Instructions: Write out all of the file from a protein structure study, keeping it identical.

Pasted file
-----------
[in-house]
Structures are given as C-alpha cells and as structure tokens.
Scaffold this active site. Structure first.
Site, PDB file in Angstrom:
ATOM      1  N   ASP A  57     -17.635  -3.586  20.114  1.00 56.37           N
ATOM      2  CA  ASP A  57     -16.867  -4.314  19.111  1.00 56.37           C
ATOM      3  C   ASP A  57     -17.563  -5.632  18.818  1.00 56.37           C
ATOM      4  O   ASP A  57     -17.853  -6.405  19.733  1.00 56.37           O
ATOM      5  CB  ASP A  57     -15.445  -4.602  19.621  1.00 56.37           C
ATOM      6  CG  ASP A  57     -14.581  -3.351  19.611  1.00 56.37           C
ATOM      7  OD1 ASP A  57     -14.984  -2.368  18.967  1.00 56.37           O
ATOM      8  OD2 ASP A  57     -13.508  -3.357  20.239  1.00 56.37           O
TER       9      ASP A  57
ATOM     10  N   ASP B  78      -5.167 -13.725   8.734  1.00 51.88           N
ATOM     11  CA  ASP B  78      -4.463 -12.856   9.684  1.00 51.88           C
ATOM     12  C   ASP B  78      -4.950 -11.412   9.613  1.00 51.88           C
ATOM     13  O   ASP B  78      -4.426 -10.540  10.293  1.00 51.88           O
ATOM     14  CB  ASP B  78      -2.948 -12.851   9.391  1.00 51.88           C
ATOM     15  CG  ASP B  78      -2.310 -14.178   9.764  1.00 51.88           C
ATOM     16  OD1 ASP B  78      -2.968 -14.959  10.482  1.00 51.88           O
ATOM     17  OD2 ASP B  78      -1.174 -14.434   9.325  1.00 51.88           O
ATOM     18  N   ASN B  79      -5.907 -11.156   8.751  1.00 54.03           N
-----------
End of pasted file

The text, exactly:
[in-house]
Structures are given as C-alpha cells and as structure tokens.
Scaffold this active site. Structure first.
Site, PDB file in Angstrom:
ATOM      1  N   ASP A  57     -17.635  -3.586  20.114  1.00 56.37           N
ATOM      2  CA  ASP A  57     -16.867  -4.314  19.111  1.00 56.37           C
ATOM      3  C   ASP A  57     -17.563  -5.632  18.818  1.00 56.37           C
ATOM      4  O   ASP A  57     -17.853  -6.405  19.733  1.00 56.37           O
ATOM      5  CB  ASP A  57     -15.445  -4.602  19.621  1.00 56.37           C
ATOM      6  CG  ASP A  57     -14.581  -3.351  19.611  1.00 56.37           C
ATOM      7  OD1 ASP A  57     -14.984  -2.368  18.967  1.00 56.37           O
ATOM      8  OD2 ASP A  57     -13.508  -3.357  20.239  1.00 56.37           O
TER       9      ASP A  57
ATOM     10  N   ASP B  78      -5.167 -13.725   8.734  1.00 51.88           N
ATOM     11  CA  ASP B  78      -4.463 -12.856   9.684  1.00 51.88           C
ATOM     12  C   ASP B  78      -4.950 -11.412   9.613  1.00 51.88           C
ATOM     13  O   ASP B  78      -4.426 -10.540  10.293  1.00 51.88           O
ATOM     14  CB  ASP B  78      -2.948 -12.851   9.391  1.00 51.88           C
ATOM     15  CG  ASP B  78      -2.310 -14.178   9.764  1.00 51.88           C
ATOM     16  OD1 ASP B  78      -2.968 -14.959  10.482  1.00 51.88           O
ATOM     17  OD2 ASP B  78      -1.174 -14.434   9.325  1.00 51.88           O
ATOM     18  N   ASN B  79      -5.907 -11.156   8.751  1.00 54.03           N